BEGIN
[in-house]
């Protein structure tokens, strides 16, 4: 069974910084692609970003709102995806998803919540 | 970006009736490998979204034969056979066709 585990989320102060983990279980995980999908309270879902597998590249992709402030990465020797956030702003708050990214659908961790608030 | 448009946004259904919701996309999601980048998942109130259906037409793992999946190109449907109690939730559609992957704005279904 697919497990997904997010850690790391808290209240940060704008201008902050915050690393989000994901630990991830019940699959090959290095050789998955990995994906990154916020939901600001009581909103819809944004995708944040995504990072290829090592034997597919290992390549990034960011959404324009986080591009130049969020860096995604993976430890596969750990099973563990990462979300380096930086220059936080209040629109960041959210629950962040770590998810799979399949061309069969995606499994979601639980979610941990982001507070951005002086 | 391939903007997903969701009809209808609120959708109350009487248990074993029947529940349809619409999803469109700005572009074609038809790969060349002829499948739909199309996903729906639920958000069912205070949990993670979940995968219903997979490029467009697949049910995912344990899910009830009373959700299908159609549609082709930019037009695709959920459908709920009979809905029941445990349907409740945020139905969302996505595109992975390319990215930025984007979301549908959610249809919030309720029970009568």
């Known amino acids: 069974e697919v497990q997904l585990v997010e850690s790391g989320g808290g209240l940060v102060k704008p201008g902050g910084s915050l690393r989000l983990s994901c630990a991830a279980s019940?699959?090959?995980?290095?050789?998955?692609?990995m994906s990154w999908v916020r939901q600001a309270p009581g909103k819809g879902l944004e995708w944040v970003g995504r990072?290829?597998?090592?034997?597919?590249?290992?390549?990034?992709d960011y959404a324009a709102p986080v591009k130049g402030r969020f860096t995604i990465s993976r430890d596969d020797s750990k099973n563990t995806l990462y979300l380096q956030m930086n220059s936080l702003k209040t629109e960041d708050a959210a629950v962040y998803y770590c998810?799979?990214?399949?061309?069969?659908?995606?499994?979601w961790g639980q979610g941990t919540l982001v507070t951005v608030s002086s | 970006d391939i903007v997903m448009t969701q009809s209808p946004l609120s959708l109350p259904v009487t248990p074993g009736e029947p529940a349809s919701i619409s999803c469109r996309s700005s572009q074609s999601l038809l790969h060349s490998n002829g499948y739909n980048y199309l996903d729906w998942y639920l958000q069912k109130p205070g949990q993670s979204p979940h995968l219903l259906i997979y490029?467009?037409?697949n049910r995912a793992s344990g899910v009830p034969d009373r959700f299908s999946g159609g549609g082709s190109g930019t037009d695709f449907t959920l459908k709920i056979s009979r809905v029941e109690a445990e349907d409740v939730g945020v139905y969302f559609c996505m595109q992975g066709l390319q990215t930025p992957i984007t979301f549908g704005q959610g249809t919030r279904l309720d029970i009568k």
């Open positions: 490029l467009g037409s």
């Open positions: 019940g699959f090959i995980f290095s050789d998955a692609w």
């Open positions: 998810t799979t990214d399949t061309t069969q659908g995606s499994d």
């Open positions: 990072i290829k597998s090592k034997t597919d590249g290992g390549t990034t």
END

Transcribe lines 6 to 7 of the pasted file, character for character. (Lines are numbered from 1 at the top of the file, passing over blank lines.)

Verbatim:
């Open positions: 998810t799979t990214d399949t061309t069969q659908g995606s499994d």
């Open positions: 990072i290829k597998s090592k034997t597919d590249g290992g390549t990034t």